McClellan singled out China as being helpful in discouraging North Korea's development of nuclear technology.
"China has been helpful," McClellan said. "China has made it clear that they don't want to see a nuclearized peninsula. I don't think anyone in the region wants to see a nuclearized peninsula, so this is something that we're in close discussions with our friends and allies on."
McClellan said the United States has made it very clear to North Korea "that they must end their pursuit of nuclear weapons, they must end their nuclear weapons program and do so irreversibly and irrevocably."
BUSH MEETS AT WHITE HOUSE WITH PRIME MINISTER OF CZECH REPUBLIC
President Bush met July 15 at the White House with Prime Minister Vladimir Spidla of the Czech Republic, McClellan said.
"The president expressed his strong appreciation for Prime Minister Spidla's leadership and support. The Czech Republic is a close friend and NATO ally. The two leaders discussed a number of issues, including Iraq and transatlantic relations," the White House spokesman said.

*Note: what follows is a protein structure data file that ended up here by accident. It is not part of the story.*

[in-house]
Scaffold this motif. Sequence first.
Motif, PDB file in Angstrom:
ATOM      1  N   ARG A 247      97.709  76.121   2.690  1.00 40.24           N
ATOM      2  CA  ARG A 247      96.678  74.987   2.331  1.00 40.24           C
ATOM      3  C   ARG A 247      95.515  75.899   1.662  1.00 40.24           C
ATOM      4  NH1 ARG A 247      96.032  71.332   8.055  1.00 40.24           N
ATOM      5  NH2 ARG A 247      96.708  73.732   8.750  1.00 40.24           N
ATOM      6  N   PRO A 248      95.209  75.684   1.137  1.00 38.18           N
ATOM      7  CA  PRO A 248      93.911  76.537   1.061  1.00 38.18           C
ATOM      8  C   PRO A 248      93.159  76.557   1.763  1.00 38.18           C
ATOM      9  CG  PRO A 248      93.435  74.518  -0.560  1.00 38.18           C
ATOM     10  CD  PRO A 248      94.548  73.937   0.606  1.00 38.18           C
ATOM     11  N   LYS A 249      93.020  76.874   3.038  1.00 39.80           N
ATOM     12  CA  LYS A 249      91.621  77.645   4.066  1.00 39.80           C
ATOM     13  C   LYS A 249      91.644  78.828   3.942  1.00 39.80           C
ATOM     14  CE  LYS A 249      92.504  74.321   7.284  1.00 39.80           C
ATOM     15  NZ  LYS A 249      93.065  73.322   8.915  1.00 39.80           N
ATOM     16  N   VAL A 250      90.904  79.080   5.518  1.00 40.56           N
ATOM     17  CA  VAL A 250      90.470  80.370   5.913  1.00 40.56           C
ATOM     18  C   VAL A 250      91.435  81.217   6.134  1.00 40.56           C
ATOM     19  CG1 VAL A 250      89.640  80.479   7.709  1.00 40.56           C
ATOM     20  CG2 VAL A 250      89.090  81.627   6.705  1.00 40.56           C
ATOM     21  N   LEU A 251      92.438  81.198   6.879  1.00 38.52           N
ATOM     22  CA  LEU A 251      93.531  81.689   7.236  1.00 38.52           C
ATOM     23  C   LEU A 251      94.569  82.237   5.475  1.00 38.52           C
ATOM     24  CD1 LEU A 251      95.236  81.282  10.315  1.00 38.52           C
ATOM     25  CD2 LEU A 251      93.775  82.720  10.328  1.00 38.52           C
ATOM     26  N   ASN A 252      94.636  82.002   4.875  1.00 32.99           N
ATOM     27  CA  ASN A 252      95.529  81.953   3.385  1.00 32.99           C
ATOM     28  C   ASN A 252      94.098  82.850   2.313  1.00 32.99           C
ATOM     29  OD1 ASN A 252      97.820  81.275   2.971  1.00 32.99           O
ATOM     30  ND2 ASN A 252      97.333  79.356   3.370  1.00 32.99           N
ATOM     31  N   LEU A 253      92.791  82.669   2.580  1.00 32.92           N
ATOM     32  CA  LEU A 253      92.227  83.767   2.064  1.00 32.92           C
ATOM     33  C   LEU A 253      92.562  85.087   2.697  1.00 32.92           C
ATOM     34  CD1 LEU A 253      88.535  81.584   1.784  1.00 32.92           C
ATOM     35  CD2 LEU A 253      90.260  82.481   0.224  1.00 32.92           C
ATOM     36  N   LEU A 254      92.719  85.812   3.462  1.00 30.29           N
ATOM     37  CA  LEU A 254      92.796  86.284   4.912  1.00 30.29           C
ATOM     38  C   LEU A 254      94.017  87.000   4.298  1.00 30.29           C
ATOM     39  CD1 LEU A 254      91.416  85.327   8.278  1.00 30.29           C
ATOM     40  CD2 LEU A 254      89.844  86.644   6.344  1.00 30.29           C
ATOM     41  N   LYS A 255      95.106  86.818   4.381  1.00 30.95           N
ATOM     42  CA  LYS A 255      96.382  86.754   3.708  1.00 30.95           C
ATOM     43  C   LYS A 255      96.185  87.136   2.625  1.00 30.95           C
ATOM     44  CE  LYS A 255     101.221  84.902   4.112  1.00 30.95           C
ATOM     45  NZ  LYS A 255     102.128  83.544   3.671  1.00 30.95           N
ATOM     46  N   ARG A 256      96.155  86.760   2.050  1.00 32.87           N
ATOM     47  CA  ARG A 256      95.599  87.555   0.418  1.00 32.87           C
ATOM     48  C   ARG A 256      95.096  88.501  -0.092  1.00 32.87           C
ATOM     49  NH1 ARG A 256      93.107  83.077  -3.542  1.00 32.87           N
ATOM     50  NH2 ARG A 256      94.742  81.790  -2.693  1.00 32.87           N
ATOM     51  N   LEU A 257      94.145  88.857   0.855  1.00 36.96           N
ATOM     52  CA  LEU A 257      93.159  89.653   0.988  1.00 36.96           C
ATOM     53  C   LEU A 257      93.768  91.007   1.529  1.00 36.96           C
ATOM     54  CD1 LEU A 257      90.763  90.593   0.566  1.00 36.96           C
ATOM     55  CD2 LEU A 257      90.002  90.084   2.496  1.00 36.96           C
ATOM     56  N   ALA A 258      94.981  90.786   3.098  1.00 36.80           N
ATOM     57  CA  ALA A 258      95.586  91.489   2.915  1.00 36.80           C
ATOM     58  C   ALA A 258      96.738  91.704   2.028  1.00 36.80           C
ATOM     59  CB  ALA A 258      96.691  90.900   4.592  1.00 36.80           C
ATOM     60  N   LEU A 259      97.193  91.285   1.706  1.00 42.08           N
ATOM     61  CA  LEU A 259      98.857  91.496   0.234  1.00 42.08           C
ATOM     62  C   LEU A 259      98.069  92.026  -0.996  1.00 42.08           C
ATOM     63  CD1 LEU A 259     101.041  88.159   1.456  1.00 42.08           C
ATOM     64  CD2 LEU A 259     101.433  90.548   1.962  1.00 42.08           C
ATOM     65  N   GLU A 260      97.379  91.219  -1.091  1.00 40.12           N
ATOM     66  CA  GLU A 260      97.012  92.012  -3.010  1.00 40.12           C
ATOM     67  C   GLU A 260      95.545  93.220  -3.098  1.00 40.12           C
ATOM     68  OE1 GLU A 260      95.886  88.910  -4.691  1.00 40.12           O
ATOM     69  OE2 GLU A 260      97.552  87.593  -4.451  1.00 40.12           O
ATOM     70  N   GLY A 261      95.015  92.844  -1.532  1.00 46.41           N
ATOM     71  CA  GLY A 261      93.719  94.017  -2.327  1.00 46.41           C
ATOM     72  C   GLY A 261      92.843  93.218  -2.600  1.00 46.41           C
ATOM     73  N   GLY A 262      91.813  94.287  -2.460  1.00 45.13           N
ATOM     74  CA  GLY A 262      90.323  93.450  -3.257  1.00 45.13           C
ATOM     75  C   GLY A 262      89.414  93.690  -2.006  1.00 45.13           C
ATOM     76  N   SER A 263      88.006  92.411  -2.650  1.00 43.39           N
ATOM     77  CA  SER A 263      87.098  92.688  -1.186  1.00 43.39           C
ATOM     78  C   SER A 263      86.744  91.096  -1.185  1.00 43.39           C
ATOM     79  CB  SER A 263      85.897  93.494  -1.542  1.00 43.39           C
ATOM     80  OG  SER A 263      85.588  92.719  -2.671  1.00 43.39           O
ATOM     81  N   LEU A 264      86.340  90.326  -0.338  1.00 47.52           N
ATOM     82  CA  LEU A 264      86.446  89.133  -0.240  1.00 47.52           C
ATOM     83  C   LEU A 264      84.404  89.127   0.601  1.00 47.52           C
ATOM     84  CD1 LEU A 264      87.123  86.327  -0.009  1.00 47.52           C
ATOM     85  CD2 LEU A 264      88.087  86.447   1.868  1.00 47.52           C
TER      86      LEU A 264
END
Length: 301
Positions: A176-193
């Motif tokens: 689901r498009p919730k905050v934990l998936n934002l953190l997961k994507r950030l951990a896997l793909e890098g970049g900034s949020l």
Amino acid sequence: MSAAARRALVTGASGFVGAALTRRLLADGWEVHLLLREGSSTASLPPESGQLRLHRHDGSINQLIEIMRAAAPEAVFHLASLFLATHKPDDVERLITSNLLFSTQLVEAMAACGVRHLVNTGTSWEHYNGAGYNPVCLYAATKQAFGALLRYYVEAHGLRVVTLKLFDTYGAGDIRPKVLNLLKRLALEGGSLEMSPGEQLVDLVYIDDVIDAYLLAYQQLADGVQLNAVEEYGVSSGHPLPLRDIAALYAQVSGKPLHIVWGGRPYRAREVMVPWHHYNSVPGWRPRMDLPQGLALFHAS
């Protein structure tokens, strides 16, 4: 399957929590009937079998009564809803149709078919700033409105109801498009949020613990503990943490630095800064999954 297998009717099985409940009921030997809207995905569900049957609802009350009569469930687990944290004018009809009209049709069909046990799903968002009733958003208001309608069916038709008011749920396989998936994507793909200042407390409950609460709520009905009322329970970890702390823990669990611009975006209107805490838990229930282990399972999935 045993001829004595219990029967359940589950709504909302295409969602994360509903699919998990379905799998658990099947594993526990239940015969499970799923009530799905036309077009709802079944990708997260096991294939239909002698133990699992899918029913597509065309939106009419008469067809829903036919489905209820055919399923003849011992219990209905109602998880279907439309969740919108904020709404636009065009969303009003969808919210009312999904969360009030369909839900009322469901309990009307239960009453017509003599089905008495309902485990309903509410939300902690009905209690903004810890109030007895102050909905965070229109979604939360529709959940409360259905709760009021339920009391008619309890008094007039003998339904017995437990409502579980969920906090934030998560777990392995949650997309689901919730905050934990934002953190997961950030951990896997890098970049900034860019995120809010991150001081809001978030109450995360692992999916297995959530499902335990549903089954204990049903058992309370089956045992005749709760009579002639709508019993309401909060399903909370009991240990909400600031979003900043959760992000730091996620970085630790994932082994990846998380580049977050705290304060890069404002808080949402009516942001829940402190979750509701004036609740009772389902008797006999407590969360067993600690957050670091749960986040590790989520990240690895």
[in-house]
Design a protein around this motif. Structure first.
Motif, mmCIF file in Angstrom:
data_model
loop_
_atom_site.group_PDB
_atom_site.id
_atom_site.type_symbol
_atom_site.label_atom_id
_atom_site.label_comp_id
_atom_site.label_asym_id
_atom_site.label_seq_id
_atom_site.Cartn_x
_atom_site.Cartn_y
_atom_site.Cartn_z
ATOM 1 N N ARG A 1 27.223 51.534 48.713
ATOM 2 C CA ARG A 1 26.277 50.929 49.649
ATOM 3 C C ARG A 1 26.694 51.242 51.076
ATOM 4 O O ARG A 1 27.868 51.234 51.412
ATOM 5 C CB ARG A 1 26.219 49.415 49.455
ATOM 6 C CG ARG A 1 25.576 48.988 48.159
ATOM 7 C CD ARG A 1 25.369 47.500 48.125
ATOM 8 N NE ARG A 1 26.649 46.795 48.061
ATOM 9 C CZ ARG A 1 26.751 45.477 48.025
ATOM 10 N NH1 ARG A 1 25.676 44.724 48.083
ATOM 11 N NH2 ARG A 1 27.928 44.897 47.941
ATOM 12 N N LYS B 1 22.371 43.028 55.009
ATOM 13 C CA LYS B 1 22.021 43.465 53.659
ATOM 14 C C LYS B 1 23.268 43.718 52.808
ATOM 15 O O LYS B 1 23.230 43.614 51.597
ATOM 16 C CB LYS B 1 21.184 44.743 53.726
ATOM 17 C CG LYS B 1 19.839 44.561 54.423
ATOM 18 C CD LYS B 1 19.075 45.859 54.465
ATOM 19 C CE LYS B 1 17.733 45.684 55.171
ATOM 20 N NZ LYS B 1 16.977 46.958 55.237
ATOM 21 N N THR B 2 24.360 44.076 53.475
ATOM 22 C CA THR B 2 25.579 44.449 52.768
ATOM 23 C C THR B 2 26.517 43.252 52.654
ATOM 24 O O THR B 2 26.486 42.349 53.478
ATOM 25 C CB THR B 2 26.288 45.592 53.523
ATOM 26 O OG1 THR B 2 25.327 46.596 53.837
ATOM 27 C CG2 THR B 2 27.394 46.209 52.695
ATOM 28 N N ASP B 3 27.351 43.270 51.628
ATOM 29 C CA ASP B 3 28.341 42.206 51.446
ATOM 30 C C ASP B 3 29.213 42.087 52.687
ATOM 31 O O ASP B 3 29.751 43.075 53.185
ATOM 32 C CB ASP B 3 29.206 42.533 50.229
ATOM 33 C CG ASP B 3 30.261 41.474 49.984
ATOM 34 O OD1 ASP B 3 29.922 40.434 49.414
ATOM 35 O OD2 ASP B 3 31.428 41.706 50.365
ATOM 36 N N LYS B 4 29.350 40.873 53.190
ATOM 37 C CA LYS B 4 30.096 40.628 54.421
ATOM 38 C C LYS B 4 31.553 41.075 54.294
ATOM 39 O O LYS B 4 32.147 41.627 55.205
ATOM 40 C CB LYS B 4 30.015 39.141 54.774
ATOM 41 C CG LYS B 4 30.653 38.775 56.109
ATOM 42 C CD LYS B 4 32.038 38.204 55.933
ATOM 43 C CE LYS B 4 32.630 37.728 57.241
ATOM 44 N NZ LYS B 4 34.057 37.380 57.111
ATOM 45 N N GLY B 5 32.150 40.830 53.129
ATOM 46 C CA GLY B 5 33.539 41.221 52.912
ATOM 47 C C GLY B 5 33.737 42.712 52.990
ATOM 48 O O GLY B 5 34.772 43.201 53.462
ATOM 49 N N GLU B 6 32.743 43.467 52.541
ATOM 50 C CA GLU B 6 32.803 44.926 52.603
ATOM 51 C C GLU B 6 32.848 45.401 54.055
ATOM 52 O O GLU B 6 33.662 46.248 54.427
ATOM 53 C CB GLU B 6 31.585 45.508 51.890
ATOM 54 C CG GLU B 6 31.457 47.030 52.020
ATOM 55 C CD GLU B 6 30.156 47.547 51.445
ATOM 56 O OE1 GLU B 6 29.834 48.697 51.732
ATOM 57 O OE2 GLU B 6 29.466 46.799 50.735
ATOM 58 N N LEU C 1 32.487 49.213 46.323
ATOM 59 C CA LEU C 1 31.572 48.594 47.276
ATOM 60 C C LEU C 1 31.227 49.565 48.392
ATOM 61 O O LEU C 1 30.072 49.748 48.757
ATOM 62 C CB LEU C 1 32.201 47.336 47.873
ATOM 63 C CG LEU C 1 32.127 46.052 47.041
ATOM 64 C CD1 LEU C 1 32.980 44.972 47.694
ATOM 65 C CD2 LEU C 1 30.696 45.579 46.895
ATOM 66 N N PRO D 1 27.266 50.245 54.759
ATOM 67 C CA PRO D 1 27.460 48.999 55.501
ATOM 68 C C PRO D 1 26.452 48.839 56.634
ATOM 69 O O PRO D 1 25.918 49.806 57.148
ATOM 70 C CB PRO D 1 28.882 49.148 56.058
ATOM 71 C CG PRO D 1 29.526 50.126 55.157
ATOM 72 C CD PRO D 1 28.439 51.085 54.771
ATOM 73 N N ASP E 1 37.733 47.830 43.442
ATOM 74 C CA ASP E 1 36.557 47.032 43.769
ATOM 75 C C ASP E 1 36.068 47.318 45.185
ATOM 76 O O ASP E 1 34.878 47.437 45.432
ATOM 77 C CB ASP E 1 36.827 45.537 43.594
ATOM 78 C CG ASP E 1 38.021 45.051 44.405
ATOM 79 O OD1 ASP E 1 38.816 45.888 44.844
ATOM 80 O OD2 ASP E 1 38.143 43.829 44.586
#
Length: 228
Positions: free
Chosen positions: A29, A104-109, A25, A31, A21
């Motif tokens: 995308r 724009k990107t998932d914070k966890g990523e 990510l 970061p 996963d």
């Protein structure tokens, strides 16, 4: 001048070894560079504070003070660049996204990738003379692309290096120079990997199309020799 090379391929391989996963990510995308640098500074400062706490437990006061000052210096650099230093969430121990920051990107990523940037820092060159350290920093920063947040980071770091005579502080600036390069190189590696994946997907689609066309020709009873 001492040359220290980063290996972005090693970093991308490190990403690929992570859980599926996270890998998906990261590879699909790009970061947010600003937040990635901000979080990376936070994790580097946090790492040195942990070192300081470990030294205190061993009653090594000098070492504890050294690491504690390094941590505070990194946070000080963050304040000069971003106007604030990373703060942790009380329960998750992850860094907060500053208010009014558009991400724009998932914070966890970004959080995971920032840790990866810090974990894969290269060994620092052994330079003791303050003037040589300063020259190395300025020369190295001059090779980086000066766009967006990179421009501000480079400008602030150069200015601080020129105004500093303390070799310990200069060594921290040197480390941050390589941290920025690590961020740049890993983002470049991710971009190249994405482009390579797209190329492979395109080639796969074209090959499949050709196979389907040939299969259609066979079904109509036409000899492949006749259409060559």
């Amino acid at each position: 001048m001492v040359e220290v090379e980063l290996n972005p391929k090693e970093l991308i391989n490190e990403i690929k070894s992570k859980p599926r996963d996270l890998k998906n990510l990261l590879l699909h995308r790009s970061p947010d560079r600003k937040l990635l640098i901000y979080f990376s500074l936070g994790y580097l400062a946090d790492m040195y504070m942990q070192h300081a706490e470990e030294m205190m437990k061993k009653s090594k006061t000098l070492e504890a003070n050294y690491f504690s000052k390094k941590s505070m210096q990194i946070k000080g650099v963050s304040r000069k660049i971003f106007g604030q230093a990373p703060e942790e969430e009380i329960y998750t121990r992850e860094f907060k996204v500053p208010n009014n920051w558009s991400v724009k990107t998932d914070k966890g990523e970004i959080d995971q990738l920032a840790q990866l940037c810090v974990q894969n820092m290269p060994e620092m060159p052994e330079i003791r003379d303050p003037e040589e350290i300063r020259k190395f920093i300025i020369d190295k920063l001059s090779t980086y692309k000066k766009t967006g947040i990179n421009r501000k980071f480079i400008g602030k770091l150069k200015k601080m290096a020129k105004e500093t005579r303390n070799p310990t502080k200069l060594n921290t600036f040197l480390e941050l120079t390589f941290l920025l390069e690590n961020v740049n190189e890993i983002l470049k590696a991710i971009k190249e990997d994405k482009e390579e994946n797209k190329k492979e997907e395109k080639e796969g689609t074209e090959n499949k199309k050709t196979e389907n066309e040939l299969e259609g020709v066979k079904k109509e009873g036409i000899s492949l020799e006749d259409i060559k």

WHITE HOUSE CONTINUES TO ASSESS LIBERIA SITUATION Asked how close President Bush is to a decision on sending U.S. troops to Liberia as peacekeepers, McClellan said: "We continue to wait on a full assessment and a full outline of the facts from the assessment team. The president has made it clear that if there's a need to help, we want to help, and we want to help by participating with ECOWAS [the Economic Community of West African States.] So, we are continuing to wait on the facts and assess the situation. And then, we will have more to say at that point."
He said he did not want "to try to put any arbitrary timeline on this. ... [W]e want to see the assessment, we want to evaluate the facts, and then the president will make decisions about how best to proceed; how we can help to make sure that this cease-fire takes hold. One thing is clear, though, that Charles Taylor needs to leave, and the president made that very clear yesterday as well."
BUSH REMAINS PLEASED WITH PROGRESS ON MIDEAST ROAD MAP